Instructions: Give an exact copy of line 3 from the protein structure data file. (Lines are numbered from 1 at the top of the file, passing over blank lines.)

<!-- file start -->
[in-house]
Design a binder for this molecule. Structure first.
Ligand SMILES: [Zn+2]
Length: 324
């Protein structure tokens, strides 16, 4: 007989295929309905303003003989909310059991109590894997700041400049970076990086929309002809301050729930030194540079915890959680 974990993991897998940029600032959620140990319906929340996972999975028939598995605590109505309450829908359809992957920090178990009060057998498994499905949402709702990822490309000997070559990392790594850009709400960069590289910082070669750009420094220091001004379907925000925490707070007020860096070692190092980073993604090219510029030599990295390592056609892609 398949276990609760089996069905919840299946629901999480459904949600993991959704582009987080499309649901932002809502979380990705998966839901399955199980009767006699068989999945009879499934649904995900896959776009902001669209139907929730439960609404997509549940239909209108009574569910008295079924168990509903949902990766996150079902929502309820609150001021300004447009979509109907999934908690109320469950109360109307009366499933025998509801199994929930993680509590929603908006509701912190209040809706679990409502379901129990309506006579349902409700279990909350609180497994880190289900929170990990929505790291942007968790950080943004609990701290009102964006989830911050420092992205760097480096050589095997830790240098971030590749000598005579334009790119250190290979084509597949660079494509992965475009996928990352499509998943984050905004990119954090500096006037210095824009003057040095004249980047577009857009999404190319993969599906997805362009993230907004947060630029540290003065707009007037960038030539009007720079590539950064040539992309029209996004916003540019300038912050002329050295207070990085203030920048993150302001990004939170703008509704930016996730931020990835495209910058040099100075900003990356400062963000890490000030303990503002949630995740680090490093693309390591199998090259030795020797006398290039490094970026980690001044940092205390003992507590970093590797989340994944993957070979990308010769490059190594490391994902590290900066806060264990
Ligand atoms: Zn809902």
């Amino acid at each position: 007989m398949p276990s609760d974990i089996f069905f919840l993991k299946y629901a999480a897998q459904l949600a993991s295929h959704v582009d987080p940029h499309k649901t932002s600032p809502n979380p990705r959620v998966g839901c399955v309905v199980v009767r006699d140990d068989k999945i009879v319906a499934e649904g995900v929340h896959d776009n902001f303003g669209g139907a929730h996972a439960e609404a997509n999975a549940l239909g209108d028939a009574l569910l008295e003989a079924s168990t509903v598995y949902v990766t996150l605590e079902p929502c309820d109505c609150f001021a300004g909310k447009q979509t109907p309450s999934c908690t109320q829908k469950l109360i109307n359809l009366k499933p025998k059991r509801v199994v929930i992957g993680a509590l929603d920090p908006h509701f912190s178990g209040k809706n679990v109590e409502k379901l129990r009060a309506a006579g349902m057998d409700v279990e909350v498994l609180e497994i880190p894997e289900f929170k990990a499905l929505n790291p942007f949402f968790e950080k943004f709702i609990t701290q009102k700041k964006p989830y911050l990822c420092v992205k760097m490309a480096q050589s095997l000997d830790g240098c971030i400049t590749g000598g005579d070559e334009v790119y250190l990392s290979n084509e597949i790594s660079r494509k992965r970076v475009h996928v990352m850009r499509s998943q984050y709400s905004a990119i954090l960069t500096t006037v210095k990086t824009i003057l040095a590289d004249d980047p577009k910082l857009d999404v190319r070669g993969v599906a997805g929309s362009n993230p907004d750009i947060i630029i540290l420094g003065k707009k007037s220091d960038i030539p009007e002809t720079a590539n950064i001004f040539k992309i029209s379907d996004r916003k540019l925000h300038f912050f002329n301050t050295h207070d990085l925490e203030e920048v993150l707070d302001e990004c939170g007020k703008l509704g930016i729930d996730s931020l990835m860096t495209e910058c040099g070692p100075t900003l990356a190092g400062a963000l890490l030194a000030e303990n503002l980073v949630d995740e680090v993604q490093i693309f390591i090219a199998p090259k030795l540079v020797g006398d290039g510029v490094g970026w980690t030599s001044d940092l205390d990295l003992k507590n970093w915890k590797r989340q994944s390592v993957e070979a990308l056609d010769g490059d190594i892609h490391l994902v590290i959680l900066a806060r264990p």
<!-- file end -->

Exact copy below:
Ligand SMILES: [Zn+2]